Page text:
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Rome Dam removal

2018 Annual Report Summary

Clean Water

To ensure that our streams, lakes, and wetlands can support a full complement of human and ecosystem needs, AsRA identifies and addresses threats to clean water in the Ausable River watershed.

  • Our staff identified the nature and extent of road salt pollution across the watershed and are working to find solutions. Our focus: Mirror Lake, the jewel of Lake Placid and the lake most threatened by road salt in the Adirondack Park.
  • AsRA and the Paul Smith's College Adirondack Watershed Institute (AWI) released a report on Mirror Lake documenting that lake turnover is being interrupted as a result of road salt runoff.
  • Work by AWI on groundwater contamination, along with AsRA's work on Mirror Lake, was presented to the commissioners of the New York State Departments of Health, Environmental Conservation, and Transportation.
  • In response to AsRA's findings, the New York State Department of Transportation launched a pilot salt reduction program along Mirror Lake and the West Branch Ausable River.

Healthy Streams

We’re protecting the shaded, cool waters of the river and its tributaries, restoring their form, function, and resilience for the benefit of wildlife and human communities.

  • The 125-year-old Rome Dam on the lower West Branch has been demolished. AsRA advocated for the decaying dam’s removal and was a member of the deconstruction team. Now free, the river tumbles through a steep bedrock gorge, rebuilding habitat, and providing a home and safe passage for native fish. 
  • Hemmed in by local infrastructure, the West Branch’s Dream Mile has experienced a slow unraveling of capacity, balance, and resilience. AsRA is working with The U.S. Fish and Wildlife Service and Trout Unlimited Adirondack Chapter to restore form and function to this treasured reach, creating stable habitat for trout.
  • AsRA and our team of experts have developed a landmark comprehensive plan for restoring the lower half of the East Branch. Extensive surveys and analysis identified 13 projects in the Town of Jay that will increase resilience for communities and ensure the health of the river. Construction on the first two projects will begin in 2020. AsRA is seeking additional funds to expand the comprehensive plan to the Town of Keene and the West Branch.

Biodiverse Habitats

AsRA protects habitats and ecosystems that foster native plant and animal species in and alongside streams, lakes, and wetlands.

  • Established in 2018, AsRA's newest program is on the cutting edge of science, using environmental DNA to understand the presence, absence, and abundance of native brook trout. We mapped trout distribution in 35 kilometers of local streams.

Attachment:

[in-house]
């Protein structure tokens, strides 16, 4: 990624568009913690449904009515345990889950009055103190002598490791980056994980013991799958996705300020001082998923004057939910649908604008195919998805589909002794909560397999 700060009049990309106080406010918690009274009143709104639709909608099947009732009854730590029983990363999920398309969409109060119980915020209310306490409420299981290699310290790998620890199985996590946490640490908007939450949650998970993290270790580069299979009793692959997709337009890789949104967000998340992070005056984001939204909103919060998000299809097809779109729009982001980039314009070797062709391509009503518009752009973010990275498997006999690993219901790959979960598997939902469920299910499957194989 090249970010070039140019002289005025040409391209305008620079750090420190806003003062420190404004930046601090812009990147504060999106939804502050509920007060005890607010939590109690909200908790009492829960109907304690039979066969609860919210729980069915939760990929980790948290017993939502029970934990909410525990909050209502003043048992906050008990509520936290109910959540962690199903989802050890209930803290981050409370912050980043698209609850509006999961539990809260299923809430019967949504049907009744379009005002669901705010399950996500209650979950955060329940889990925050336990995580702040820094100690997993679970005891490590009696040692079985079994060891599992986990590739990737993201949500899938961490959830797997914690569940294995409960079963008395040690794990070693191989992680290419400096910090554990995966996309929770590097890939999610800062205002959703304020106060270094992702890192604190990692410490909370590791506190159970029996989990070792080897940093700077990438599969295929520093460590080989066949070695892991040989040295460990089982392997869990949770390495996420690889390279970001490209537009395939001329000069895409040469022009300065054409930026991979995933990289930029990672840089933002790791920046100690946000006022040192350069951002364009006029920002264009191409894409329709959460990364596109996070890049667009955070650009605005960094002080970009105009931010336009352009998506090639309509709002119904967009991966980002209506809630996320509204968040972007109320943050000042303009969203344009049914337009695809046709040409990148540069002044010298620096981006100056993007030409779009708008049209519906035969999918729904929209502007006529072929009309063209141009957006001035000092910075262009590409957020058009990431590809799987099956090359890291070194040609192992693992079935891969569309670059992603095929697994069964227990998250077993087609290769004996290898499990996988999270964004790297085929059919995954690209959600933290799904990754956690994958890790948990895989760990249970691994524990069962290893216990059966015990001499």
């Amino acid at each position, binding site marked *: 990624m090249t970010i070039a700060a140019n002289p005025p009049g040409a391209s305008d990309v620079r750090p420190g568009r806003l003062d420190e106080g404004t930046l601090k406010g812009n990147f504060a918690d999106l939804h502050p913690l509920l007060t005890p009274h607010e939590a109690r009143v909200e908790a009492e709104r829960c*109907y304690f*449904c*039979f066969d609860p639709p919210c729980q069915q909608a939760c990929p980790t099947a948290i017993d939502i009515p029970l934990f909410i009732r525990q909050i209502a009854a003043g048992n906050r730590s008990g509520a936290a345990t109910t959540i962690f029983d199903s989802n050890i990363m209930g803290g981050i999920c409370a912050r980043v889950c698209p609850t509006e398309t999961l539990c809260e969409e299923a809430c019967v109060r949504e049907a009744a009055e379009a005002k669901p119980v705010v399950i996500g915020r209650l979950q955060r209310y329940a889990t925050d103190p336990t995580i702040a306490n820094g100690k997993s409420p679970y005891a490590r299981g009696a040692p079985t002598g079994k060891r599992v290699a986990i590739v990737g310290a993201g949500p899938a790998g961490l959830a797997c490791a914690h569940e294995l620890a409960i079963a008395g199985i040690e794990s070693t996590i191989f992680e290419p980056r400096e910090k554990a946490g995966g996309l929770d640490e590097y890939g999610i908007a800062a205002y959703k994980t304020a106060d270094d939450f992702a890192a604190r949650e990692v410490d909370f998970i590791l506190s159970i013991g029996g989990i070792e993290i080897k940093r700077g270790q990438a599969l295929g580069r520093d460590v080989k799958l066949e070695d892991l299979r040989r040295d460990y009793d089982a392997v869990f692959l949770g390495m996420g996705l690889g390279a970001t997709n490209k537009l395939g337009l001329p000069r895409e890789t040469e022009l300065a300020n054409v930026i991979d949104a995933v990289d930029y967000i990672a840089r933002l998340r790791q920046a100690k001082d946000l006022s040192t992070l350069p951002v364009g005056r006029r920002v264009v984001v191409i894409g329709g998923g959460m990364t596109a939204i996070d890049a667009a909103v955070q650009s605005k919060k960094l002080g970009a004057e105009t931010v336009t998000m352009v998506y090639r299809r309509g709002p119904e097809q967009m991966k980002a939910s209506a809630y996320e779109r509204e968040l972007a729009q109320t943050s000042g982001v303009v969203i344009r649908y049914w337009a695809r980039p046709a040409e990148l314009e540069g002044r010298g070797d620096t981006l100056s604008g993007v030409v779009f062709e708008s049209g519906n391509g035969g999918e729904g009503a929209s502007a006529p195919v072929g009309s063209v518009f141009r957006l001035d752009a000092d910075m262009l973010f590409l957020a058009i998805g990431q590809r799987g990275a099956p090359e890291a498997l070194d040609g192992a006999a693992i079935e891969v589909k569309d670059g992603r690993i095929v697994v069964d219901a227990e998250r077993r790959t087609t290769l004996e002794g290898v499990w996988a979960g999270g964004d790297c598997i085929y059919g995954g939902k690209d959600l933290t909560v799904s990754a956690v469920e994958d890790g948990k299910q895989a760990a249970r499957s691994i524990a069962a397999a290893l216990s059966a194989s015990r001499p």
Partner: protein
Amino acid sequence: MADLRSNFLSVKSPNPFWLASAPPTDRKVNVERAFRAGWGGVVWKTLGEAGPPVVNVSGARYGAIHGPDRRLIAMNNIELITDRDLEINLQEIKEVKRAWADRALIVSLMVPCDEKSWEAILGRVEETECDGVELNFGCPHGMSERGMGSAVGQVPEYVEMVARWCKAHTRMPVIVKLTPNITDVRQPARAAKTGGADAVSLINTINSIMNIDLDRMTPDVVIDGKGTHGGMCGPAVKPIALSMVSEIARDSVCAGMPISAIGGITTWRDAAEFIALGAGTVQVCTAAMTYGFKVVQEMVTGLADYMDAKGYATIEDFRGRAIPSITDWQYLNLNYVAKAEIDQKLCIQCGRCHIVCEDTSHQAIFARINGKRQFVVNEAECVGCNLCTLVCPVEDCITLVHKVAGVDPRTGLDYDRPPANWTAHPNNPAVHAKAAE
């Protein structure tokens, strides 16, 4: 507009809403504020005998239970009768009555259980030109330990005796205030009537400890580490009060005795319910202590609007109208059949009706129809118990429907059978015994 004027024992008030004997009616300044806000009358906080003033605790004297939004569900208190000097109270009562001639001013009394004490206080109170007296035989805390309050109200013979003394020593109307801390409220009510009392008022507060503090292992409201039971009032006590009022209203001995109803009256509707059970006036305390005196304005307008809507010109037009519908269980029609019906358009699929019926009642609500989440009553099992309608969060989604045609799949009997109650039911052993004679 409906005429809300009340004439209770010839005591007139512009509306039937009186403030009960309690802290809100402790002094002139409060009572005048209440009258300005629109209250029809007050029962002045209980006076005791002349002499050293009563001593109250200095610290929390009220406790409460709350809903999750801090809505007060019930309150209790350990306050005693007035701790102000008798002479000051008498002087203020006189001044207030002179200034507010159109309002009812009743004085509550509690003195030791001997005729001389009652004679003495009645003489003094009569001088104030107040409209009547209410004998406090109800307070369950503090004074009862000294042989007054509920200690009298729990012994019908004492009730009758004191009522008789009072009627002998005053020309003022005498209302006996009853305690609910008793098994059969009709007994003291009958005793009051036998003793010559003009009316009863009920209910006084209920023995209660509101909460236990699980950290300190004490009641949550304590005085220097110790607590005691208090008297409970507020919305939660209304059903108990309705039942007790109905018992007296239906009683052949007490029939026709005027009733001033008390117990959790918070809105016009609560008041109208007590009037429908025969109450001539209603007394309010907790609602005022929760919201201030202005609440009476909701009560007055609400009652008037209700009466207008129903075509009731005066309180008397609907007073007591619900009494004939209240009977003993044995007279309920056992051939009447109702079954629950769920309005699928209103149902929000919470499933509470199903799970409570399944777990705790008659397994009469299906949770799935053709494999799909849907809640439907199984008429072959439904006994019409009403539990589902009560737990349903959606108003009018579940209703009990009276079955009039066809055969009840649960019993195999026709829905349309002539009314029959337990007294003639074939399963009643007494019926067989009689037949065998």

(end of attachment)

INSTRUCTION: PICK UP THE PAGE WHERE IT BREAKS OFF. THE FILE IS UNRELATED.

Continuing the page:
• Warmer waters seriously threaten the survival of many native Adirondack species, most notably brook trout. We expanded our year-round temperature monitoring network, doubling its size and our capacity to measure where waters are warming and whether our restoration efforts have a stabilizing effect.
  • AsRA is identifying and testing native plant species that provide the greatest success for vegetating streambanks and riparian areas in our watershed. An expert botanist assisted AsRA's staff to survey and assess past planting success and identify key native species for riparian planting projects.

Enjoying the River

We promote responsible, low-impact recreational opportunities that help protect Ausable waterways and adjacent lands.

  • AsRA’s river steward maintained eight wader wash stations for West Branch anglers and provided outreach and streamside education for over 500 river users in 2018. Of these, 22 users came directly to the Ausable from a watershed with known aquatic invasive species. Intercepting these anglers allowed us to ensure their gear was properly cleaned. Our riverside surveys show that larger numbers of anglers are choosing non-felt boots and using wader wash stations to prevent invasive species from entering the Ausable. 
  • The 7th Annual Ride for the River was a great success. Almost 100 riders participated, biking along the river – stopping along the way to learn about how best to protect it – and joining the community party that followed the ride.
  • AsRA’s network of Porta-Johns helped ensure a clean and healthy river and provided convenient facilities for travelers and river users.

Engaged Communities

AsRA provides information to inform residents and visitors so they may better care for the health of the watershed where they live, work, and play.

  • AsRA’s stewardship brochure, Caring for the Ausable, was mailed to every household in the Ausable watershed. That’s 7,000 opportunities to promote land stewardship and protect our lakes and streams through simple practices in homes, yards, and at work. 
  • Our public programs provided information and practical tools to hundreds of watershed residents and visitors. Topics included river protection, stream restoration, and science that promotes clean water. And our weeklong intensive teen stewardship program completed its fourth year.
  • AsRA’s weekly e-newsletter audience grew to over 600 subscribers in 2018, and our social media following is over 4,000. Added to our growing membership, that’s over 5,000 engaged and informed residents and visitors. 
  • We planted 300 trees and shrubs on the shoreline of Mirror Lake and at a stream restoration site on the West Branch Ausable River. This project was supported by an Earth Day Initiative Grant from Humanities New York and included volunteers from Mirror Lake Watershed Association and Northwood School.

Download our full 2018 Annual Report.

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